Make healthy food choices (wholegrain foods, vegetables, fruits, legumes, nuts, fish and unsaturated oils) and avoid eating food containing trans-fats and saturated fats. Other lifestyle changes include stopping smoking, weight reduction through diet modification and exercise. Try to reduce BMI to less than 23kg/m2. Exercises should include moderate intensity aerobic activity lasting 150-300mins spread over 5-7 days per week. However if a person's cholesterol cannot be controlled by lifestyle changes alone medication can be added. The intensity of risk reduction therapy is adjusted to individual’s risk of developing coronary artery disease.

 

Types of Medication
1. Statins - 1st line for hypercholesterolaemia and mixed hyperlipidaemia. The approximate equipotency of the commonly prescribed statins is as follows - 20mg simvastatin = 5mg rosuvastatin = 10mg atorvastatin

2. Fibrates - fenofibrate, gemfibrozil for use in hypertriglyceridemia

3. Ezetimibe - can be used as an add on or when patients are intolerant or allergic to statins

4. Niacin

5.Omega 3 fish oils - as an add on in doses of 3-12 gram per day for treatment of severe hypertriglyeridemia not managed by fibrates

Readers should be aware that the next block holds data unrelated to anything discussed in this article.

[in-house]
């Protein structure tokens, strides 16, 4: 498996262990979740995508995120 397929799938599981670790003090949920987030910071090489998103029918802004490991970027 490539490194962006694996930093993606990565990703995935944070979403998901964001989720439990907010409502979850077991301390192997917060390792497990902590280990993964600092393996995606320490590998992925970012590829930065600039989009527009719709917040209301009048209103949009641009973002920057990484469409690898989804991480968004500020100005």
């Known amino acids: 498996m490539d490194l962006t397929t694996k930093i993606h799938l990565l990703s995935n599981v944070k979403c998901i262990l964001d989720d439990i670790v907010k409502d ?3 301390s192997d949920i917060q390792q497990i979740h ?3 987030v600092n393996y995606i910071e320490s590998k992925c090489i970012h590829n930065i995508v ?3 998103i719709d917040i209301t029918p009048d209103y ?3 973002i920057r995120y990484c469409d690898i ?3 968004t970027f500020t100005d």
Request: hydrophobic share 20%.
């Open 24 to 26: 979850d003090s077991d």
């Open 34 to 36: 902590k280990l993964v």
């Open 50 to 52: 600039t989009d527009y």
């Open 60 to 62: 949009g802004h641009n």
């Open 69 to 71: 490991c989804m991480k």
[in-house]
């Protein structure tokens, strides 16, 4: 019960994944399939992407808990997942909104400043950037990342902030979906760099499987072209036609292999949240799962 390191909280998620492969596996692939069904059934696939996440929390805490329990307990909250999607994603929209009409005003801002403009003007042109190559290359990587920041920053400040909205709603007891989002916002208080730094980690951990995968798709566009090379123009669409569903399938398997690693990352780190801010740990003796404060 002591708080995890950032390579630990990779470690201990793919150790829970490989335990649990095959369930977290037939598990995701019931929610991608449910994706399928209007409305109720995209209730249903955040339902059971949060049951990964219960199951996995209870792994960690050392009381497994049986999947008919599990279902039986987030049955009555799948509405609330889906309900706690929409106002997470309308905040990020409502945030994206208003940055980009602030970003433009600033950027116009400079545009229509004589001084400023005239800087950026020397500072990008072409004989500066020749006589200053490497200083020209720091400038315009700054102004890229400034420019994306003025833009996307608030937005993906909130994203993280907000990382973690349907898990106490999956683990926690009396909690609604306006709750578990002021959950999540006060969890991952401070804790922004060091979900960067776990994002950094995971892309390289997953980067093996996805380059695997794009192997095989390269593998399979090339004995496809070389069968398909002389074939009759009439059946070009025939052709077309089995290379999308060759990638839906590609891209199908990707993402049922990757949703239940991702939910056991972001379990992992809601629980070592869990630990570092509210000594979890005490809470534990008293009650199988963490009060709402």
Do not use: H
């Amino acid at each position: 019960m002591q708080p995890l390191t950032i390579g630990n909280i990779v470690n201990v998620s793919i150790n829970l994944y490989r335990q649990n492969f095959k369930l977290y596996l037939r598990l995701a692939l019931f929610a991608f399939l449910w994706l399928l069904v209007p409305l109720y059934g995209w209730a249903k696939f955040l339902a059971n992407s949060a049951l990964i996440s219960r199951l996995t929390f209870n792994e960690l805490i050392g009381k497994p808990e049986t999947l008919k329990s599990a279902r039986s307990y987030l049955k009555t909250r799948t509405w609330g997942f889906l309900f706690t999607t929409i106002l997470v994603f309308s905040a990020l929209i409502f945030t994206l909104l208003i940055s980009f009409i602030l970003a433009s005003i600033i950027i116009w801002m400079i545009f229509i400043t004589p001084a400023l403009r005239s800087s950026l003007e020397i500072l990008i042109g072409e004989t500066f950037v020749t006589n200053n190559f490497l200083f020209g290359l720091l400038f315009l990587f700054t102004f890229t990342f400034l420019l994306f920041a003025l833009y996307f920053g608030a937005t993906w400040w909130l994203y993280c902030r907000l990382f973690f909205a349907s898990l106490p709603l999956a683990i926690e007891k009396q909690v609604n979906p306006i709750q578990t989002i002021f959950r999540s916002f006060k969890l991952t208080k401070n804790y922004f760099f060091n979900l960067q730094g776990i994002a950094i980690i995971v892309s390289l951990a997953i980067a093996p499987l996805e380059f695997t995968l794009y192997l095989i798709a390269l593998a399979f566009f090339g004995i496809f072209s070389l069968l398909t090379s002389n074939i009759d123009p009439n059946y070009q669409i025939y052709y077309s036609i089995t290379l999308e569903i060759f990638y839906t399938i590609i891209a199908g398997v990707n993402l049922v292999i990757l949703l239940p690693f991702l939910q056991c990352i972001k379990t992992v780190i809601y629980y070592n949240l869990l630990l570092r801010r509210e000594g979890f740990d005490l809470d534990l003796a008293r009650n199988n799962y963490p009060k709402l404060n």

Side Effects and Monitoring
1. Prior to starting statins, measure baseline AST, ALT , CK. These levels should be monitored during statin treatment especially if patients are symptomatic.

2. Myopathy and rhabdomyolysis- inform patients with muscle symptoms of pain, tenderness, cramping and weakness to alert their doctor. This occur more commonly in the elderly or in patients with impaired renal function.

3. Close monitoring of blood sugar in diabetics is recommended upon initiation of statin

 

Do I have to be on medication long term?
Many patients think that once they have started on medication to control their cholesterol levels, they are unable to stop. Statins if taken regularly have been shown to be effective in lowering cholesterol levels. Patients who like to stop medication after target levels have been achieved should do so with guidance from their doctors. Benefits of continuation, costs and side effects should be discussed.

 

Do health supplements and traditional Chinese medication help to reduce my cholesterol levels?

The long term effects of traditional medication and health supplements have not been extensively researched. Furthermore side effects from these alternative treatments are also not known.

 

For further enquiries, do contact your nearest Frontier Healthcare clinic to arrange for a health screen and consult.

 

Abbreviations

TC- total cholesterol

LDL - Low -density lipoprotein

HDL - High density lipoprotein

TG - Triglyceride

AST - aspartate transaminase

ALT - alanine Transaminase

CK - creatine kinase

 

References

1. MOH clinical practice guidelines 2016- Lipids

2. MOH health hub

3. American Academy of Family Physicians - patient information on lipids

 

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dr howe wen li

Dr Howe Wen Li


Frontier Medical Associates (Ubi)

 

Publication: 2nd December 2020